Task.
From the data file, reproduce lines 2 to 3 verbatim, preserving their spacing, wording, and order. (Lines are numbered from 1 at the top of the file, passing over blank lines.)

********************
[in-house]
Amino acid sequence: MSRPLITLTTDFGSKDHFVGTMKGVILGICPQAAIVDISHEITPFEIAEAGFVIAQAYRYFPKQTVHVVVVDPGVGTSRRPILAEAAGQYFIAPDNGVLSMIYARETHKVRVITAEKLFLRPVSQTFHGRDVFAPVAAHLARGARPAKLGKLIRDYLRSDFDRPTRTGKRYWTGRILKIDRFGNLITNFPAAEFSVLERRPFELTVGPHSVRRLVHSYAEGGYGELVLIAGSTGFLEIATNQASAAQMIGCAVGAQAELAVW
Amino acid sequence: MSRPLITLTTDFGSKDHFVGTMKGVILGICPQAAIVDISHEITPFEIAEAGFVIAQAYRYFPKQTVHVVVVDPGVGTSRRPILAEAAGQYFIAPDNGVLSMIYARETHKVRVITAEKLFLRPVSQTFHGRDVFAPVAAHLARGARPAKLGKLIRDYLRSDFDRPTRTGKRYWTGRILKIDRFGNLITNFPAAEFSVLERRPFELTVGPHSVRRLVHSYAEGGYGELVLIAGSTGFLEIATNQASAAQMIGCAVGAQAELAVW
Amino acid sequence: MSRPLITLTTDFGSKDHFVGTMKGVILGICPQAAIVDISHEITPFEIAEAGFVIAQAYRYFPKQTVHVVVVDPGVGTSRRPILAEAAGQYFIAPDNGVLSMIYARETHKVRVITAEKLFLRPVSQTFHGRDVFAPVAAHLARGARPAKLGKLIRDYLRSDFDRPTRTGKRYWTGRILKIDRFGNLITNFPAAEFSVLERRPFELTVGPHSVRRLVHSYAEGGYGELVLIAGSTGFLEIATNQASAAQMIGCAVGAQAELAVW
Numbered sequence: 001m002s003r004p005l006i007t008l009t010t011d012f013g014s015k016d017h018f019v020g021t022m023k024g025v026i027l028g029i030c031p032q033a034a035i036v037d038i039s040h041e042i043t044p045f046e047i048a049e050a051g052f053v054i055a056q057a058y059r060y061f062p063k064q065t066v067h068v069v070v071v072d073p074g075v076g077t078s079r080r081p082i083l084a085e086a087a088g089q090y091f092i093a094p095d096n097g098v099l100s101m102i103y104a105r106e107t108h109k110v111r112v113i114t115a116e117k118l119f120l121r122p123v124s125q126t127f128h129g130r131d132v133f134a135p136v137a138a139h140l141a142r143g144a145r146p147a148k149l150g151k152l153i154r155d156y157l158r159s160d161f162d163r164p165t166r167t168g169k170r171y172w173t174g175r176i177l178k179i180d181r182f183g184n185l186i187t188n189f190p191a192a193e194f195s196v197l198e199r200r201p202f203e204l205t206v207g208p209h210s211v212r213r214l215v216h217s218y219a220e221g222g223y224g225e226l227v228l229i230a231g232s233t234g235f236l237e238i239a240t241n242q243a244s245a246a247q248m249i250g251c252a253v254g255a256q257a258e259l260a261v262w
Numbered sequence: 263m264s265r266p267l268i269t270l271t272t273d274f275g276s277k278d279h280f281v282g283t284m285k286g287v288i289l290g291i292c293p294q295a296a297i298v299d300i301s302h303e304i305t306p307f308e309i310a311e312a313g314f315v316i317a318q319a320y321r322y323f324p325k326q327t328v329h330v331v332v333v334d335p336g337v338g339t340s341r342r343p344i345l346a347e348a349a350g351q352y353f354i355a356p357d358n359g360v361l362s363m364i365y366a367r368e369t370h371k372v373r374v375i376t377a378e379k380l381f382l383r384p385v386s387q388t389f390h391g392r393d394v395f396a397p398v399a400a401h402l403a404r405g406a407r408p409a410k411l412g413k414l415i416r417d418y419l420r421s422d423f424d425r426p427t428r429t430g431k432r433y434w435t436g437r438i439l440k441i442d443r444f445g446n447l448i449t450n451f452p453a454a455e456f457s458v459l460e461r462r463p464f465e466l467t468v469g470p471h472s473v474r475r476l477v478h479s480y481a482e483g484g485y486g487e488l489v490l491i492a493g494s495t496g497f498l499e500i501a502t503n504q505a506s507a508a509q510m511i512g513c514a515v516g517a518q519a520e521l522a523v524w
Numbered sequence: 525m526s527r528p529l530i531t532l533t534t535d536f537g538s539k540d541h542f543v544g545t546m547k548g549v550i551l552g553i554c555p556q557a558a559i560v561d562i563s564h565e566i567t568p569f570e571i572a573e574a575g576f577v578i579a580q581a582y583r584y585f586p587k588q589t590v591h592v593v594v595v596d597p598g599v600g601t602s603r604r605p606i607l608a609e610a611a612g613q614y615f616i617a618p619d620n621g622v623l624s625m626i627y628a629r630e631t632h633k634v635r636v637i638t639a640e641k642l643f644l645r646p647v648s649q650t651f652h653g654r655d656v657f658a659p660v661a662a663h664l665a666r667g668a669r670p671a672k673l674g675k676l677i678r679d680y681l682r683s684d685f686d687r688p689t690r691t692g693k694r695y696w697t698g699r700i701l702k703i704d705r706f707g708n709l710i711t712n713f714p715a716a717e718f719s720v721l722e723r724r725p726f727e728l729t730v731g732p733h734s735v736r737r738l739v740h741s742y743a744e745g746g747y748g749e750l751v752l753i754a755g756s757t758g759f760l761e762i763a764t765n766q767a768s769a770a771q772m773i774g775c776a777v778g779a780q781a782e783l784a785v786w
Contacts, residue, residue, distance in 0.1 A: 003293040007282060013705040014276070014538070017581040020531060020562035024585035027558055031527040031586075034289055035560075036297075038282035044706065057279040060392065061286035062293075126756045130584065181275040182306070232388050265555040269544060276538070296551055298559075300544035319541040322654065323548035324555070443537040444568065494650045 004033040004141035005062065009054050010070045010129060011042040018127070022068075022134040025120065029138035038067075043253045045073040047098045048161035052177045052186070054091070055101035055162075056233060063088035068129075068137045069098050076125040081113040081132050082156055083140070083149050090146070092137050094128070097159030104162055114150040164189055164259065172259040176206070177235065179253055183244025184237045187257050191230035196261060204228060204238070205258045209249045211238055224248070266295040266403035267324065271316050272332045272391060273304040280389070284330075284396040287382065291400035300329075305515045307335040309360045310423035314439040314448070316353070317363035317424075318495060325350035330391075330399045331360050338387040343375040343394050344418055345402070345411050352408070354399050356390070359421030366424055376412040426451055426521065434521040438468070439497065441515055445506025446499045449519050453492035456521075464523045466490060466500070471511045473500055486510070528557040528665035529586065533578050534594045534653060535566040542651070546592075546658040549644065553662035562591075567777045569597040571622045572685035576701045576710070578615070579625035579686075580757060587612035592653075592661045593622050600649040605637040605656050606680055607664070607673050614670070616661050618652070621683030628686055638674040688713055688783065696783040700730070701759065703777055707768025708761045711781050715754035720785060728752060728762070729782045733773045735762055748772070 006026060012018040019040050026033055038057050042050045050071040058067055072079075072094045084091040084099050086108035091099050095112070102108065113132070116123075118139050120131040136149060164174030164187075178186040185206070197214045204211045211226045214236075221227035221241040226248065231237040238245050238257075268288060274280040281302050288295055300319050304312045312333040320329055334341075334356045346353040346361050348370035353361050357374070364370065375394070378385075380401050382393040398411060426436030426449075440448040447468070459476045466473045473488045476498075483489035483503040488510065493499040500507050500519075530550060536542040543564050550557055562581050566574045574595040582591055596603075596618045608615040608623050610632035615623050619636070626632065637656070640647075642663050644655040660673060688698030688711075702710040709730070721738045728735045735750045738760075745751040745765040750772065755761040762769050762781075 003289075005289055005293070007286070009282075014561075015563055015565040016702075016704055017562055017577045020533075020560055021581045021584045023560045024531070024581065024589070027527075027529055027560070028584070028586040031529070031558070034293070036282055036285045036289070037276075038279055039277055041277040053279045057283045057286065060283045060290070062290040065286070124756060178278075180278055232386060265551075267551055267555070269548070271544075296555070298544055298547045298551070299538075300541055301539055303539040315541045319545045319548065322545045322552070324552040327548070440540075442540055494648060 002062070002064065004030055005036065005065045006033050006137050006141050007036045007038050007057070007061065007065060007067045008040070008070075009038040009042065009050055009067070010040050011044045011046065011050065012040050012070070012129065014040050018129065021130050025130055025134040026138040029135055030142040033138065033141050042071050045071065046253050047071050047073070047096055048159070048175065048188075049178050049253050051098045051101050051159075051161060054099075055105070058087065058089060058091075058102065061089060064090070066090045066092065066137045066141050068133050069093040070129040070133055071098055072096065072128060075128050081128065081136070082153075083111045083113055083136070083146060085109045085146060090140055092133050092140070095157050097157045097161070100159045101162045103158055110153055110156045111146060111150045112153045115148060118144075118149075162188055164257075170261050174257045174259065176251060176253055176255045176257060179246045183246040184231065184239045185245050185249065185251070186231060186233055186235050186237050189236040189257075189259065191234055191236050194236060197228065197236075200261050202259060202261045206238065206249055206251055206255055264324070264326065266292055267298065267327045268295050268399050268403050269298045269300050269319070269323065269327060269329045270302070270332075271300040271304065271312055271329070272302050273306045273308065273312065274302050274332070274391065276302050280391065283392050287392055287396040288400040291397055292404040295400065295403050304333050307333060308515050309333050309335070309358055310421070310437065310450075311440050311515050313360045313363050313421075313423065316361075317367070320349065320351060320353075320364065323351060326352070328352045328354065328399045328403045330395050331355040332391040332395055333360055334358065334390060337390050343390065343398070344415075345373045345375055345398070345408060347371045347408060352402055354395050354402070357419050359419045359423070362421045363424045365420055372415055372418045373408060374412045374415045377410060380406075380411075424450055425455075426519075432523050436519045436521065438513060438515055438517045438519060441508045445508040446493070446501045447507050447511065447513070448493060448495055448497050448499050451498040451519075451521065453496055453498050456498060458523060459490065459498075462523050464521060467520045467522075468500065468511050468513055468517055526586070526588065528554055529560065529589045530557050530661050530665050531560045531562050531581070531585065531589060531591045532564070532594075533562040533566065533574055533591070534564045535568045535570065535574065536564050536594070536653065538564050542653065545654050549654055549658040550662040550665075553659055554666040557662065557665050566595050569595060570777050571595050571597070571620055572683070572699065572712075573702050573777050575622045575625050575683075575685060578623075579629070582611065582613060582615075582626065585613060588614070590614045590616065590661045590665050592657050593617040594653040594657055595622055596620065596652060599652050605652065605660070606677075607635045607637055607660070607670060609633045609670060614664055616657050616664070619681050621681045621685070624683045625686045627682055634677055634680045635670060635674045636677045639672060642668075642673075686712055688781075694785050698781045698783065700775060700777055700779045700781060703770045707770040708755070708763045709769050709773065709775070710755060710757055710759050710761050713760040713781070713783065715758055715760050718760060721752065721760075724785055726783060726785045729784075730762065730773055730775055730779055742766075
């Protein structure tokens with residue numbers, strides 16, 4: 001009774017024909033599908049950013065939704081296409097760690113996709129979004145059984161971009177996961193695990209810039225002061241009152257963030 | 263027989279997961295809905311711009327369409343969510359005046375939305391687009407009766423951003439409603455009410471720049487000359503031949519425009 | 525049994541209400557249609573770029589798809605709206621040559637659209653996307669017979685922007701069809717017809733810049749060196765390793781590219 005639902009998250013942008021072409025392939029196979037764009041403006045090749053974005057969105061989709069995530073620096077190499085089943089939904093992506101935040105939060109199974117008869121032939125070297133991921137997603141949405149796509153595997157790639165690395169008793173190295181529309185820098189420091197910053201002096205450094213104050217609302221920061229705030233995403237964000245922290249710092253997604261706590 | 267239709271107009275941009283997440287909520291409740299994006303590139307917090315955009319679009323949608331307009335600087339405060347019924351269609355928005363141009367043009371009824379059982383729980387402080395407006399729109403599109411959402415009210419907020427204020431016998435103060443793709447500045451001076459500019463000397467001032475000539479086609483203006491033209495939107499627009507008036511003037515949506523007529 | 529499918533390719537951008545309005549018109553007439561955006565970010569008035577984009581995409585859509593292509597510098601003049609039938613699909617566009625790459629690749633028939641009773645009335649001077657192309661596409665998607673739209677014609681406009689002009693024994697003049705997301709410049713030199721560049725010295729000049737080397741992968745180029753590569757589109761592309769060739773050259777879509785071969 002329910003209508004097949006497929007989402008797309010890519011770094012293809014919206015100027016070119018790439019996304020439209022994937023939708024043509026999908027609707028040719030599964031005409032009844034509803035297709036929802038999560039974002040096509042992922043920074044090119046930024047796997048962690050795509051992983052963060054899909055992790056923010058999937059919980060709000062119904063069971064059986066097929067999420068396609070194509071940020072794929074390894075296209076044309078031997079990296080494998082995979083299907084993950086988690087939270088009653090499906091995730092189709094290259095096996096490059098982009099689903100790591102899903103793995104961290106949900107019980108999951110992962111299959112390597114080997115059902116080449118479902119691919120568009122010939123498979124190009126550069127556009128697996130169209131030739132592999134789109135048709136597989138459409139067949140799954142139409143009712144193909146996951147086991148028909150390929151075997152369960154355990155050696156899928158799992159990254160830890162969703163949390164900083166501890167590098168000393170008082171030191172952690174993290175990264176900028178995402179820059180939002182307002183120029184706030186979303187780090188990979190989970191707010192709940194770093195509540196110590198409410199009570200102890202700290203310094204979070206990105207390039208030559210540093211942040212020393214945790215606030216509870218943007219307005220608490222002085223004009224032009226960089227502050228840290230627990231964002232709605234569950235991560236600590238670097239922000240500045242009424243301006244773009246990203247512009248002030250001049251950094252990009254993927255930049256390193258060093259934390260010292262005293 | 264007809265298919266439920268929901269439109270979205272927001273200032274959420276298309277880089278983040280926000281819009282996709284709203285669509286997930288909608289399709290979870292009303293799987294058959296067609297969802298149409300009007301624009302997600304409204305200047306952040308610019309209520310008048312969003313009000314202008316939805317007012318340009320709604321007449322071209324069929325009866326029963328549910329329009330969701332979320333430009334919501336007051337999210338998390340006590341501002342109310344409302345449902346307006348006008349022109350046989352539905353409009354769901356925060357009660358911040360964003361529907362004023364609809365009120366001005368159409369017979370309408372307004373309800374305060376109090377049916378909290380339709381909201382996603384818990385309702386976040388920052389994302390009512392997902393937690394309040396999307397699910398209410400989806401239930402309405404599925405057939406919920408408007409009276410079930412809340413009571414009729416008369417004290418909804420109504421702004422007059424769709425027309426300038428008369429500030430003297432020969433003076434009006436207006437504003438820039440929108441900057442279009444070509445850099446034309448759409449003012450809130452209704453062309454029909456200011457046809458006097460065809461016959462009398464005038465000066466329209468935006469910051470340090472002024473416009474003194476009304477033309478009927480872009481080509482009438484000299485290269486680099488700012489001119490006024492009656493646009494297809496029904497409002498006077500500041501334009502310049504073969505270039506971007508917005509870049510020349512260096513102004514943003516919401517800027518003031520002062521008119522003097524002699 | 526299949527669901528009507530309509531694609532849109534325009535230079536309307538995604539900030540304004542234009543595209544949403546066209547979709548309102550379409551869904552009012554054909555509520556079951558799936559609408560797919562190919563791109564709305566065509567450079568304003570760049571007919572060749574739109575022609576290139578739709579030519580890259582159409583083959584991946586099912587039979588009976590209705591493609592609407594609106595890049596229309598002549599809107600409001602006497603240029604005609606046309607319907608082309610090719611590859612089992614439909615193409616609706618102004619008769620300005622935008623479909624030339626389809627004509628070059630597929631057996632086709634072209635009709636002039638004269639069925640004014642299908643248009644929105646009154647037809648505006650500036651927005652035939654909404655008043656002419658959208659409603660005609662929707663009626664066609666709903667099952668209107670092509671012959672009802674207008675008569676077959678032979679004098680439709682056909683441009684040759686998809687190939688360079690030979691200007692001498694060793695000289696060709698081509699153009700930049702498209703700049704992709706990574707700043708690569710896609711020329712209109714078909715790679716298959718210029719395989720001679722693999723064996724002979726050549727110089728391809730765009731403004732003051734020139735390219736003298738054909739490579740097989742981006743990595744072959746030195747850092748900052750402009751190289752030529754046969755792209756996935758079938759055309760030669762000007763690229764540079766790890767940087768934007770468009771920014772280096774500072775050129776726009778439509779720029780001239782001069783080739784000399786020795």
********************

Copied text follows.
Amino acid sequence: MSRPLITLTTDFGSKDHFVGTMKGVILGICPQAAIVDISHEITPFEIAEAGFVIAQAYRYFPKQTVHVVVVDPGVGTSRRPILAEAAGQYFIAPDNGVLSMIYARETHKVRVITAEKLFLRPVSQTFHGRDVFAPVAAHLARGARPAKLGKLIRDYLRSDFDRPTRTGKRYWTGRILKIDRFGNLITNFPAAEFSVLERRPFELTVGPHSVRRLVHSYAEGGYGELVLIAGSTGFLEIATNQASAAQMIGCAVGAQAELAVW
Amino acid sequence: MSRPLITLTTDFGSKDHFVGTMKGVILGICPQAAIVDISHEITPFEIAEAGFVIAQAYRYFPKQTVHVVVVDPGVGTSRRPILAEAAGQYFIAPDNGVLSMIYARETHKVRVITAEKLFLRPVSQTFHGRDVFAPVAAHLARGARPAKLGKLIRDYLRSDFDRPTRTGKRYWTGRILKIDRFGNLITNFPAAEFSVLERRPFELTVGPHSVRRLVHSYAEGGYGELVLIAGSTGFLEIATNQASAAQMIGCAVGAQAELAVW